There’s a long-standing perception of construction jobs: physical and dirty, workers in orange vests and hard hats digging with shovels. Yes, there are still plenty of physical jobs. But this image no longer matches the reality of many modern job sites. The industry is facing a looming labor shortage. People aren’t entering the field.
But there are plenty of exciting, rewarding and less physically demanding jobs available thanks to tech-enabled job sites. It’s up to the industry, though, to better market positions to attract new talent.
Here are three areas the industry should focus on to make these careers more attractive and combat preconceived notions of construction jobs:
Is that an excavator or a spaceship?
OEMs have innovated in a big way, adding bells and whistles that improve the way a job is done, as well as the operator’s comfort while using backhoes, dozers, skidders, cranes and other machinery. These days, stepping into a modern excavator is more like climbing into a spaceship – a comfortable spaceship with better seats and climate control. Not only does this equipment look sleek and shiny, but the technology in the machines themselves are helping operators improve productivity and efficiency. This technologically advanced equipment is a great recruitment tool for those who would traditionally get their hands dirty on a job site and for people interested in working outside in the field instead of traditional office spaces.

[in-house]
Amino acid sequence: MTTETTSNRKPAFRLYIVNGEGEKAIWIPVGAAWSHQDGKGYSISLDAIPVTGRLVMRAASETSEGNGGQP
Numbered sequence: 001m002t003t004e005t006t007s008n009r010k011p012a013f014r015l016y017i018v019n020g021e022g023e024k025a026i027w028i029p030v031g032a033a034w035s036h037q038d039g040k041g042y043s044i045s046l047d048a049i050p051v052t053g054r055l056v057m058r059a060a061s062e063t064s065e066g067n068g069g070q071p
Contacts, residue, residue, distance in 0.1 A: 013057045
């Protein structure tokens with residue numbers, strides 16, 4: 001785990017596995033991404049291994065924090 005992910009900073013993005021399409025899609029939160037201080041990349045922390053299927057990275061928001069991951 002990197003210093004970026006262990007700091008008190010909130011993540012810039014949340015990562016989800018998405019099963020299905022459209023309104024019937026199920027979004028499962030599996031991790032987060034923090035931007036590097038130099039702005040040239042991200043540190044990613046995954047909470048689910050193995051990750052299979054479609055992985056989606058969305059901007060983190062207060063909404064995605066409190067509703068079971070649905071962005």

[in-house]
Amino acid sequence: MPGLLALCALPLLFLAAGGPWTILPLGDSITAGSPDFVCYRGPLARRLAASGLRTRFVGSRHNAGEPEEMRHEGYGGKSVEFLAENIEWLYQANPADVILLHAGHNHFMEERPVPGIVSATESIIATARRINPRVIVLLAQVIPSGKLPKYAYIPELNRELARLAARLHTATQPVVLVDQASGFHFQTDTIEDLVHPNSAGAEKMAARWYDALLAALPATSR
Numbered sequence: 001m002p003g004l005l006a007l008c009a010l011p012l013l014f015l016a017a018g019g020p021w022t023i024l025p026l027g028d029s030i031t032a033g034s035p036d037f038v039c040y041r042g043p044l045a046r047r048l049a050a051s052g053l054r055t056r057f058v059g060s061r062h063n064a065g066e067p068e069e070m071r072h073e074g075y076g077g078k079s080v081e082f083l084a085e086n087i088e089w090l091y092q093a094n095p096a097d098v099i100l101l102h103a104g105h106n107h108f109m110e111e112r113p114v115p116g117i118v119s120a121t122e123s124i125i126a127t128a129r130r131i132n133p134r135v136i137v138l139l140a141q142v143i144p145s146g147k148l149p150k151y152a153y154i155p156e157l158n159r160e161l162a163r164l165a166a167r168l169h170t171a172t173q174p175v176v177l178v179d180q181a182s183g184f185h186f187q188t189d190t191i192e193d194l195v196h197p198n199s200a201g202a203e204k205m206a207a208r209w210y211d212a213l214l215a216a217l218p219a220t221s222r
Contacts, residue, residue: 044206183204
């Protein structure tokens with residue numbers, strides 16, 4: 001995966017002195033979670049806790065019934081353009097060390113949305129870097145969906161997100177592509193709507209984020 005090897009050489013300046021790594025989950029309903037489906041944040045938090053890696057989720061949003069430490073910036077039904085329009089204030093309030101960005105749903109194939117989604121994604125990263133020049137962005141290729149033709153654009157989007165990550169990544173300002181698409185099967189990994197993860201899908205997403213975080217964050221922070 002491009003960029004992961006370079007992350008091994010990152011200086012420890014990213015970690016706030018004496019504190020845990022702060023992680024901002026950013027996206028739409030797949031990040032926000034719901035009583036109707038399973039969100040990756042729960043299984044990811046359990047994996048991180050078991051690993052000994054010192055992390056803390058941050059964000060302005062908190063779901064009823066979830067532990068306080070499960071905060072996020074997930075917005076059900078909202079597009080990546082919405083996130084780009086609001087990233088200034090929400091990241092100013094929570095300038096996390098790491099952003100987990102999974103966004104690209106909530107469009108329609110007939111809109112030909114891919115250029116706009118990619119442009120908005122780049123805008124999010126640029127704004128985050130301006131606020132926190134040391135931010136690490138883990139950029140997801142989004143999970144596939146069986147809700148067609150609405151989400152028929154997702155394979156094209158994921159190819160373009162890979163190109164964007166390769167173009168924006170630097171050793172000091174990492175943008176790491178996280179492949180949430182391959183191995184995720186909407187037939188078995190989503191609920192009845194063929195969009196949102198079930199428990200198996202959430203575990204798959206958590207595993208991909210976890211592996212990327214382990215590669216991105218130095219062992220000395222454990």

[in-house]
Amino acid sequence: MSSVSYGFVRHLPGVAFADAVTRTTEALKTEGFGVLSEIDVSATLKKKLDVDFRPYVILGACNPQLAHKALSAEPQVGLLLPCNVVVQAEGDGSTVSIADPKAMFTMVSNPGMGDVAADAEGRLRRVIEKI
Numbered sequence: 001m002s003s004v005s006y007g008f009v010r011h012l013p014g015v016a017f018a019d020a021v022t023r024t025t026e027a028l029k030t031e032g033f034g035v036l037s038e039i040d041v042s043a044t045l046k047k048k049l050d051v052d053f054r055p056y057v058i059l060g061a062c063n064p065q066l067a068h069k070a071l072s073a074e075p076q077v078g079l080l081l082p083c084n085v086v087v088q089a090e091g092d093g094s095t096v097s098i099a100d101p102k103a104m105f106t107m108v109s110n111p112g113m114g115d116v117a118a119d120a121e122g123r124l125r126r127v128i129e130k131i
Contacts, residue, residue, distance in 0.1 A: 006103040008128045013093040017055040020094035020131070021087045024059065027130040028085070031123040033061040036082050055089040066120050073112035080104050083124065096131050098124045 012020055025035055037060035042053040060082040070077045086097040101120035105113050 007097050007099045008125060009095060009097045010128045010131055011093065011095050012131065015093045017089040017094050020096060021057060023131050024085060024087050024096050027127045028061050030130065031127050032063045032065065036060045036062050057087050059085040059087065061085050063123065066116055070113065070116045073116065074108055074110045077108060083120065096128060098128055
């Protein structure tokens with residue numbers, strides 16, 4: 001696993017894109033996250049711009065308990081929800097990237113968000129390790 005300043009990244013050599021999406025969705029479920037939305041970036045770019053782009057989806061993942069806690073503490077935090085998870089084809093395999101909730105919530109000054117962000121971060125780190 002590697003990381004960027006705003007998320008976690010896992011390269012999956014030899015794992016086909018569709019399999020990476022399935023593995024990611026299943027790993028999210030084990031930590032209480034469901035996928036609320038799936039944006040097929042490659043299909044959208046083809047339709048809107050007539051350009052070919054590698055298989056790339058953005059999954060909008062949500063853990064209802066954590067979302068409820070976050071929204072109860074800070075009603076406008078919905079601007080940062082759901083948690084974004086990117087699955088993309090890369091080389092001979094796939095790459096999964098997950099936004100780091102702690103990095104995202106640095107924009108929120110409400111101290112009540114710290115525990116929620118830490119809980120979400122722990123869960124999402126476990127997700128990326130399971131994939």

Attracting the video game generation with interactive tech
Millennials – and even younger generations now entering the workforce – grew up looking at screens, using smartphones and playing mobile and video games. They’re a connected generation, and are bringing these skills and interests to the workplace. Implementing – and showing off – this sort technology aimed at engaging workers can be a big selling point. Marketing how job sites or training programs are using advancements like Virtual and Augmented Reality, drones and GPS tracking can help capture younger talent’s interest.
Working hands on with data in office jobs and project management positions
While there are plenty of physical jobs available, it’s not strictly labor or equipment operation. Companies are focused on efficiency and getting smart about their operations; they’re adopting technology like GPS vehicle tracking systems and advanced analytics, leading to an increased need for office-type work. New positions are available in areas like fleet managers, project management, safety managers and IT professionals. These jobs are also becoming tech-enabled as construction companies look to data analysis to improve operations and profits. The growing industry trend of 3-D model-based processing, or BIM (Building Information Modeling), is also driving the need for talent in both the office and the field who are familiar with these new technologies. There is a real need for construction companies to raise awareness for these non-physical jobs that talent might not be as readily aware of, but are critical to a company’s success.
Learn more about how GPS tracking is transforming the construction industry.